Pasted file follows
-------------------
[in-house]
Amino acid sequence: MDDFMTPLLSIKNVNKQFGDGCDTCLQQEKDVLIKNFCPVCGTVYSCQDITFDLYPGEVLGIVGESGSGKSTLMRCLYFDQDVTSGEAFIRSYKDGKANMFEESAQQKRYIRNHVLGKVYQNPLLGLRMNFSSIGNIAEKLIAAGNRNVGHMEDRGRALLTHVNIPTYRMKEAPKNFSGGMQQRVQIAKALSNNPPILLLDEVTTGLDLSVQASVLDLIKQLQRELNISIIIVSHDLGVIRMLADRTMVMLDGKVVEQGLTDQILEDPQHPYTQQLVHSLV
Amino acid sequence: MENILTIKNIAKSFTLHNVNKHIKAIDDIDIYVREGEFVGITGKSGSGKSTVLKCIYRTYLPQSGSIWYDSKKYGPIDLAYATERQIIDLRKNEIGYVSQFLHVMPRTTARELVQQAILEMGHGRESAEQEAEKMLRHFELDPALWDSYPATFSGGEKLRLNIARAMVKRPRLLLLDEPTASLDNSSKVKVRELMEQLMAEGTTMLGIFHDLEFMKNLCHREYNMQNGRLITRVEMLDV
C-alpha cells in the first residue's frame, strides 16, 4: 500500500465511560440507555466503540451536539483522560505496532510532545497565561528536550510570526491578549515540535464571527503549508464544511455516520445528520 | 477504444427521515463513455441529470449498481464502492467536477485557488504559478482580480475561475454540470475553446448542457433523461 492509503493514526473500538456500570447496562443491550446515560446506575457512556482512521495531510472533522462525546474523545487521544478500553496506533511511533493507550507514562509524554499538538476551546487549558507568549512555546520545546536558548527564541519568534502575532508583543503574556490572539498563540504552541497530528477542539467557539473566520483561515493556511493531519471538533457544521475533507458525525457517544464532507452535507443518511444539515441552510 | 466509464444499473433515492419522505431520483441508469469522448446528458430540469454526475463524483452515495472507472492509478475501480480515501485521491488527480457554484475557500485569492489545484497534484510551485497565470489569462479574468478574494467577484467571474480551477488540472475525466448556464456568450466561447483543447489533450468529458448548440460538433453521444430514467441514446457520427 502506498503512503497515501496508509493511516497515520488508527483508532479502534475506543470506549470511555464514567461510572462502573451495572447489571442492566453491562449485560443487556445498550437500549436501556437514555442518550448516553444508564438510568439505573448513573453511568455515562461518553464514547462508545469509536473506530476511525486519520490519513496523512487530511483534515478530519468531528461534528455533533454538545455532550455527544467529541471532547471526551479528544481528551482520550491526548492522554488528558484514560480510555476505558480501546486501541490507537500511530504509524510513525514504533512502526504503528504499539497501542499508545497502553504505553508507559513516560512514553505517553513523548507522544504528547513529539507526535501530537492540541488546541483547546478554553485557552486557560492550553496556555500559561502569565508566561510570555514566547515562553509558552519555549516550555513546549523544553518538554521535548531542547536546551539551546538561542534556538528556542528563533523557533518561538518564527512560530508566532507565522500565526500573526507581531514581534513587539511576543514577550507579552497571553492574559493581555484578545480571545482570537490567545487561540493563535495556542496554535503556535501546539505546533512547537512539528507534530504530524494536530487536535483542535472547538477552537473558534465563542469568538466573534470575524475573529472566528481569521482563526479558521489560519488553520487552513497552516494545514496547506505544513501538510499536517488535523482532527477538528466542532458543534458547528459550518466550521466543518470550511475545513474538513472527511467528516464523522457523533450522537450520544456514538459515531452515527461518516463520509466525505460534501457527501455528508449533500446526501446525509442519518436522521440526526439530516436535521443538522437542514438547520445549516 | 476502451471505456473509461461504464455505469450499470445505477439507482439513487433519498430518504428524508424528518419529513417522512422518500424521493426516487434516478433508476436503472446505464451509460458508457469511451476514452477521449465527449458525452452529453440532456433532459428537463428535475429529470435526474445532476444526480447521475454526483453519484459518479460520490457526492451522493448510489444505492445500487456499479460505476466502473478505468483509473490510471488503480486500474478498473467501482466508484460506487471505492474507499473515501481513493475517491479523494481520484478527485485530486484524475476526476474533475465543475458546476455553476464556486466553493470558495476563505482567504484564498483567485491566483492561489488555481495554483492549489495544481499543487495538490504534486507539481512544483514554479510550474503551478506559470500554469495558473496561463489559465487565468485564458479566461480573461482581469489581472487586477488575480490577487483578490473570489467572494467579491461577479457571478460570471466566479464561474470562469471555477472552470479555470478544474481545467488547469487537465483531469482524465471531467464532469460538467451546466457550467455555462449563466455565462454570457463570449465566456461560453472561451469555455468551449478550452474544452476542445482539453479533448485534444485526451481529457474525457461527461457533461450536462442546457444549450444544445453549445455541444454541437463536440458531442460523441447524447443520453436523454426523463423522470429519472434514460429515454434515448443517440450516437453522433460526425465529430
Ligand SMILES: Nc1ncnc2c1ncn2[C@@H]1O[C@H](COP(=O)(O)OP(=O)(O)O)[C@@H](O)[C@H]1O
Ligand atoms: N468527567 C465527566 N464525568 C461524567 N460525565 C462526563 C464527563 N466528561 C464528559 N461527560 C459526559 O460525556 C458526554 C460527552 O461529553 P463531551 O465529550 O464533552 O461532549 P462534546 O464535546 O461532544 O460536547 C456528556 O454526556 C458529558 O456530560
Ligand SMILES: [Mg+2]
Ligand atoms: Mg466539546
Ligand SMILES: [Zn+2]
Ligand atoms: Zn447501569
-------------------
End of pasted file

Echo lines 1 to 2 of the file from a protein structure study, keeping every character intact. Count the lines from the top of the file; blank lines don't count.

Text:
[in-house]
Amino acid sequence: MDDFMTPLLSIKNVNKQFGDGCDTCLQQEKDVLIKNFCPVCGTVYSCQDITFDLYPGEVLGIVGESGSGKSTLMRCLYFDQDVTSGEAFIRSYKDGKANMFEESAQQKRYIRNHVLGKVYQNPLLGLRMNFSSIGNIAEKLIAAGNRNVGHMEDRGRALLTHVNIPTYRMKEAPKNFSGGMQQRVQIAKALSNNPPILLLDEVTTGLDLSVQASVLDLIKQLQRELNISIIIVSHDLGVIRMLADRTMVMLDGKVVEQGLTDQILEDPQHPYTQQLVHSLV